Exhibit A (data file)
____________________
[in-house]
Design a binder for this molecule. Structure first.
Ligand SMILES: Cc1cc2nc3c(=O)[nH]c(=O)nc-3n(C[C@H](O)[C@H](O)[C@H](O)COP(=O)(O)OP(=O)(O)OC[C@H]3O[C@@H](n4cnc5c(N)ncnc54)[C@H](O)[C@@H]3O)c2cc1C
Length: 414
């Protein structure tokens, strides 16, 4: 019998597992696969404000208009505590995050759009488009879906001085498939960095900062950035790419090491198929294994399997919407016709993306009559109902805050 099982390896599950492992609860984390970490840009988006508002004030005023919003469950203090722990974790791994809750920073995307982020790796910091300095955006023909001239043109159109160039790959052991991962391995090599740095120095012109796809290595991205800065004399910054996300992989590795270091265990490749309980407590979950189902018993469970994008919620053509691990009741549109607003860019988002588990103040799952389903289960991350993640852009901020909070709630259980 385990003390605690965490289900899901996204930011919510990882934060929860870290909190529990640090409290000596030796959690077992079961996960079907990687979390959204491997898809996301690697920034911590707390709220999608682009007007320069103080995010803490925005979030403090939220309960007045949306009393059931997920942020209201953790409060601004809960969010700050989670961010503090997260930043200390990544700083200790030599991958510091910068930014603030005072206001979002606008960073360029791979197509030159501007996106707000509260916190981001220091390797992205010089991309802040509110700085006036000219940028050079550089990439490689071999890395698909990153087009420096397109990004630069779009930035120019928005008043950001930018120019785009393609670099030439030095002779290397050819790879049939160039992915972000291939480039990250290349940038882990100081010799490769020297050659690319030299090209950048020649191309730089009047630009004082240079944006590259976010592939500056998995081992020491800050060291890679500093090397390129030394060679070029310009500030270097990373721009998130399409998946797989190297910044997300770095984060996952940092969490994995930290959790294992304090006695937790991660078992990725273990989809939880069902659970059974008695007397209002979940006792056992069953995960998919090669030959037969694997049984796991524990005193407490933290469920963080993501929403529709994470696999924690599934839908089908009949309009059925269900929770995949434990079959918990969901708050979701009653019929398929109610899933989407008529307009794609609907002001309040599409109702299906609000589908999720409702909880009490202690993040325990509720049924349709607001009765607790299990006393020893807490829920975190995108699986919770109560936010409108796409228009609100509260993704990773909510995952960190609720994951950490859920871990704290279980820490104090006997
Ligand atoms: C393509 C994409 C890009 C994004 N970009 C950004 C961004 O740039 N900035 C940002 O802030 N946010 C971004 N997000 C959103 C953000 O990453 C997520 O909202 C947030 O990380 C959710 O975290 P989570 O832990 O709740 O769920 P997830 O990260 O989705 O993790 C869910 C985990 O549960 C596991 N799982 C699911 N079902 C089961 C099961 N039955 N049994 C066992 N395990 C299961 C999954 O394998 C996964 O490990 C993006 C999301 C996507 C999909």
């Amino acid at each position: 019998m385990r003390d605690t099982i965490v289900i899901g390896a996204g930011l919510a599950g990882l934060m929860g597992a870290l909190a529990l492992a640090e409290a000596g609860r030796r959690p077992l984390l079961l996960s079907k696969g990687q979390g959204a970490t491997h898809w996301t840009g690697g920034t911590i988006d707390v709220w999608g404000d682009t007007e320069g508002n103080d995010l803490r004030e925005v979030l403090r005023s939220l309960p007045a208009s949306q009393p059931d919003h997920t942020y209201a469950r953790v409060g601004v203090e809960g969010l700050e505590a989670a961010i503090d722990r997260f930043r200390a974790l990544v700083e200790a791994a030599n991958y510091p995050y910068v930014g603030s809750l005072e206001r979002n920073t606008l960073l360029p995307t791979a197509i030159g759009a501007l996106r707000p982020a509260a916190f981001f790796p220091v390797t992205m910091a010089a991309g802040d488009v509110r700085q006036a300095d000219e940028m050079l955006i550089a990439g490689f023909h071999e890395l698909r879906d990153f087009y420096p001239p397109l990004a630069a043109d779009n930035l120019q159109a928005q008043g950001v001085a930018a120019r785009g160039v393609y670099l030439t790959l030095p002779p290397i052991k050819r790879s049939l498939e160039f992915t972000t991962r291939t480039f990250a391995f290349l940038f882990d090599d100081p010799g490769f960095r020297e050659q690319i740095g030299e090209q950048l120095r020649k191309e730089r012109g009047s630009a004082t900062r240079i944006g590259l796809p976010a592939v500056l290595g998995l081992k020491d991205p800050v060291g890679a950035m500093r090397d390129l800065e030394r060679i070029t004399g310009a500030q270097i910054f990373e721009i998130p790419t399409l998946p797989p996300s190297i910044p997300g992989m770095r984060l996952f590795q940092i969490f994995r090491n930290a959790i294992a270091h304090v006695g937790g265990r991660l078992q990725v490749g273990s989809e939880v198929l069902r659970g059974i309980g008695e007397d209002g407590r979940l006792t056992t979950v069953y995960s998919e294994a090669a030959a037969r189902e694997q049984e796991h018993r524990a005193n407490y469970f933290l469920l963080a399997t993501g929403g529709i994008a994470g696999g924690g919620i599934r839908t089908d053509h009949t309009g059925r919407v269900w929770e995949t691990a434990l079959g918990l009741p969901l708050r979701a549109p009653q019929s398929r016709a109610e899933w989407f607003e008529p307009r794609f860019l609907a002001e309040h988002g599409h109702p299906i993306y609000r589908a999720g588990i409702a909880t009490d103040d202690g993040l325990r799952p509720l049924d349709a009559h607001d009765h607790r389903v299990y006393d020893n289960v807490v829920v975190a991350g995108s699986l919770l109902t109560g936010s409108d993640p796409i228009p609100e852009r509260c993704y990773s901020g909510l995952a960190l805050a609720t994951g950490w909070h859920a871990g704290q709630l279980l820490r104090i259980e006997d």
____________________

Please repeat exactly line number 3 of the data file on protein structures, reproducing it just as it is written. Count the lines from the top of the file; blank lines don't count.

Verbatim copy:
Ligand SMILES: Cc1cc2nc3c(=O)[nH]c(=O)nc-3n(C[C@H](O)[C@H](O)[C@H](O)COP(=O)(O)OP(=O)(O)OC[C@H]3O[C@@H](n4cnc5c(N)ncnc54)[C@H](O)[C@@H]3O)c2cc1C